When hiring, employers must make sure that the application and assessment process meets defensible standards. With the excessive use (and often misuse) of internet- based “quick, easy and free” personality tests offered as hiring tools, violations of rules set forth by the Department of Labor are becoming more frequent. Though the Department of Labor document citing the guidelines is considered unexciting and often tedious reading, it should be considered required reading for any employer or manager in charge of hiring or promotion decisions. Adhering to the guidelines as best as possible could keep employers out of harm’s way when it comes to legal battles.
The Department of Labor offers 13 different guidelines that employers should follow when deciding on an “assessment initiative”. They are as follows:
1. Use assessments and assessment tools in the manner in which they are indicated or advised (follow the directions!). When employers misuse an assessment tool or program, they could potentially face legal issues in the future.
2. Use the “whole- person approach” when testing. Remember, no test is perfect! Use an assessment test, or maybe even a combination of tests, that will give you as much information as possible about behaviors most important to your business.
3. Use tests that are unbiased and fair to all groups. Even tests that inadvertently discriminate may keep employers from gaining a qualified and diverse work group and may kindle, you guessed it, more legal battles.
4. Use tests that are reliable. Make sure that the questions offered on the test are not tricky and that they seek specific responses.
5. Make sure that the assessments being used are valid for the specific purpose intended. This may be considered one of the most important criterions in the selection process. Validity is simply the specific assessment’s ability to measure the target characteristic at a level that can be useful to the employer.
6. Assessment tests must be appropriate and applicable for the target population of desired employees (a.k.a., tests must be specific to your trade). For example, you would never give a person applying for a job at a burger joint an assessment designed specifically to assess dental hygienists.
7. Instructions and all other documentation must be completely comprehensive and easy for applicants to understand.
8. If the assessment test requires proctoring and/or administering, make sure that the people performing these actions are properly trained and qualified to do so. Some instruments require an extensive certification process to administer, proctor, and score tests.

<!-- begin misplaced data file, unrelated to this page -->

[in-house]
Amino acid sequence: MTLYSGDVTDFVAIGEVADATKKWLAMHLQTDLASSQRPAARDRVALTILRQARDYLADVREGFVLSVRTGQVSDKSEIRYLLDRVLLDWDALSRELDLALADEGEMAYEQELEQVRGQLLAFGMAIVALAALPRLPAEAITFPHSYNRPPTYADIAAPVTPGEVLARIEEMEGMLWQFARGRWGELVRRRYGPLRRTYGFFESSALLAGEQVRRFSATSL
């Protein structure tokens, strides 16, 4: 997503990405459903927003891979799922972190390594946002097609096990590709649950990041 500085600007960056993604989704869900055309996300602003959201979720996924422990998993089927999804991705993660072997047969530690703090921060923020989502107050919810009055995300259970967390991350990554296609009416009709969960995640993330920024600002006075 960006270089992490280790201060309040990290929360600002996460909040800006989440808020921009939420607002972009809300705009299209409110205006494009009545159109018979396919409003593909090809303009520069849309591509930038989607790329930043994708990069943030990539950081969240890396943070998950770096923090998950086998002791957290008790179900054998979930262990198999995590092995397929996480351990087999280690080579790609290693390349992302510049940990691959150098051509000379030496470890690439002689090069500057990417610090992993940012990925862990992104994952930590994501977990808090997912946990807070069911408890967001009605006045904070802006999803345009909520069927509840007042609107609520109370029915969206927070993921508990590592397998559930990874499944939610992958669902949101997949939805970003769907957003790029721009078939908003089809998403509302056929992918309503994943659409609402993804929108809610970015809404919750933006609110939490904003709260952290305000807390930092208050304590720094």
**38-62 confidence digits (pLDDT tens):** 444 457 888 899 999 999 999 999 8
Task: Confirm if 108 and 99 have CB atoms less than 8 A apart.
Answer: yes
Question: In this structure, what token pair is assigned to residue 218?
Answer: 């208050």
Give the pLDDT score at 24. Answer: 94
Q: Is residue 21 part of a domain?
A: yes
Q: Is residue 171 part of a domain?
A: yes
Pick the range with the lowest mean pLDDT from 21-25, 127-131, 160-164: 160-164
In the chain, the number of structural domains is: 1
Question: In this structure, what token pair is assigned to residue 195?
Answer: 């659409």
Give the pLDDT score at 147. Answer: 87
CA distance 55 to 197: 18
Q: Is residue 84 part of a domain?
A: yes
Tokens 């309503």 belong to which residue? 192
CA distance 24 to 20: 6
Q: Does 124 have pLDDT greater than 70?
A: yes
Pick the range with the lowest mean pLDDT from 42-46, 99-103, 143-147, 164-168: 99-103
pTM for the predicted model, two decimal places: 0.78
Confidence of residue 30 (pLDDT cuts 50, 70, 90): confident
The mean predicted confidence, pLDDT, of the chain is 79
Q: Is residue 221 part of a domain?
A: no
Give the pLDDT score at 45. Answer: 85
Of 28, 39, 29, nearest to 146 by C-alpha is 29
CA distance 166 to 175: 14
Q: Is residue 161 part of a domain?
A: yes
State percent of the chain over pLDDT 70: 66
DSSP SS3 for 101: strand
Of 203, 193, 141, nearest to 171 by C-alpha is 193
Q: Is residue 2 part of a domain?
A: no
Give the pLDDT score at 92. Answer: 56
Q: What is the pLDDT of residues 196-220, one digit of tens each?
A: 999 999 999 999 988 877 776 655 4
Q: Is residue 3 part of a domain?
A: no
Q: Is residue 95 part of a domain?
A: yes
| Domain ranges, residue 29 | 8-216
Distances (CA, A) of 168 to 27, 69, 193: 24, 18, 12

9. Provide consistent standard and uniform testing conditions in order to obtain more consistent results. The key is keeping test takers from being distracted to assure the integrity of the test results.
10. Provide reasonable accommodations for people with disabilities. Remember: no group should ever be disadvantaged by the test or the conditions under which the test is taken.
11. Strong test security is important if the test results are going to be useful. Tests and their scoring should never be assessable to the general public.
12. Test results must be maintained in a confidential manner. Most effective are tests taken over the internet requiring a username and password.
13. Accurate interpretation of results is tremendously necessary. Nothing is worse than bad interpretation of good data. Don’t let that happen to you!
Though these guidelines might sound dull and restricting, the Department of Labor does support the use sound testing and assessment strategy, and actually acknowledges the difficulty employers now have of “attracting, developing and retaining the best employees.” They go on to say that a well built and solid assessment strategy can “maximize chances for getting the right fit between jobs and employees.” (DOL publication, “Testing and Assessment: An Employers Guide to Good Practices”)
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